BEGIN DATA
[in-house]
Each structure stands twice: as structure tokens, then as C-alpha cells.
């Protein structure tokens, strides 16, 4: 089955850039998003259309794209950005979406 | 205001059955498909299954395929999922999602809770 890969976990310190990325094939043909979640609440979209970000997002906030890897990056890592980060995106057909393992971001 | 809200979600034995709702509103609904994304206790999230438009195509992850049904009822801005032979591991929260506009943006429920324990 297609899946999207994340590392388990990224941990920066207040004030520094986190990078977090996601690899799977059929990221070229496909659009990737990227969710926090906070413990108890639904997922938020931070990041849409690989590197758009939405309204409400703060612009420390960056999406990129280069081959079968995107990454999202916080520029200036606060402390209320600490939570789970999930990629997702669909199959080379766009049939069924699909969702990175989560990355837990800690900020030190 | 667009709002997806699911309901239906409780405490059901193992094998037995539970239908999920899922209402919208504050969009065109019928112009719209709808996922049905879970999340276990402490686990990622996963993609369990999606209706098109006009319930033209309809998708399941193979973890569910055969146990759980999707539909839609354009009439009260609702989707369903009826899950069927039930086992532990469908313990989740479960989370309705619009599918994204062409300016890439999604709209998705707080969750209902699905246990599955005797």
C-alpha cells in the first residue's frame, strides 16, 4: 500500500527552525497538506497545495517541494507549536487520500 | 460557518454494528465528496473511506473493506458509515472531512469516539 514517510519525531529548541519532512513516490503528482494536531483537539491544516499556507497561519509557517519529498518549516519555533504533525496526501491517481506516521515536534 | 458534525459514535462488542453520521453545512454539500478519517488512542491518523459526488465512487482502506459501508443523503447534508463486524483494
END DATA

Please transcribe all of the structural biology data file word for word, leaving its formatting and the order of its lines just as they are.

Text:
[in-house]
Each structure stands twice: as structure tokens, then as C-alpha cells.
């Protein structure tokens, strides 16, 4: 089955850039998003259309794209950005979406 | 205001059955498909299954395929999922999602809770 890969976990310190990325094939043909979640609440979209970000997002906030890897990056890592980060995106057909393992971001 | 809200979600034995709702509103609904994304206790999230438009195509992850049904009822801005032979591991929260506009943006429920324990 297609899946999207994340590392388990990224941990920066207040004030520094986190990078977090996601690899799977059929990221070229496909659009990737990227969710926090906070413990108890639904997922938020931070990041849409690989590197758009939405309204409400703060612009420390960056999406990129280069081959079968995107990454999202916080520029200036606060402390209320600490939570789970999930990629997702669909199959080379766009049939069924699909969702990175989560990355837990800690900020030190 | 667009709002997806699911309901239906409780405490059901193992094998037995539970239908999920899922209402919208504050969009065109019928112009719209709808996922049905879970999340276990402490686990990622996963993609369990999606209706098109006009319930033209309809998708399941193979973890569910055969146990759980999707539909839609354009009439009260609702989707369903009826899950069927039930086992532990469908313990989740479960989370309705619009599918994204062409300016890439999604709209998705707080969750209902699905246990599955005797």
C-alpha cells in the first residue's frame, strides 16, 4: 500500500527552525497538506497545495517541494507549536487520500 | 460557518454494528465528496473511506473493506458509515472531512469516539 514517510519525531529548541519532512513516490503528482494536531483537539491544516499556507497561519509557517519529498518549516519555533504533525496526501491517481506516521515536534 | 458534525459514535462488542453520521453545512454539500478519517488512542491518523459526488465512487482502506459501508443523503447534508463486524483494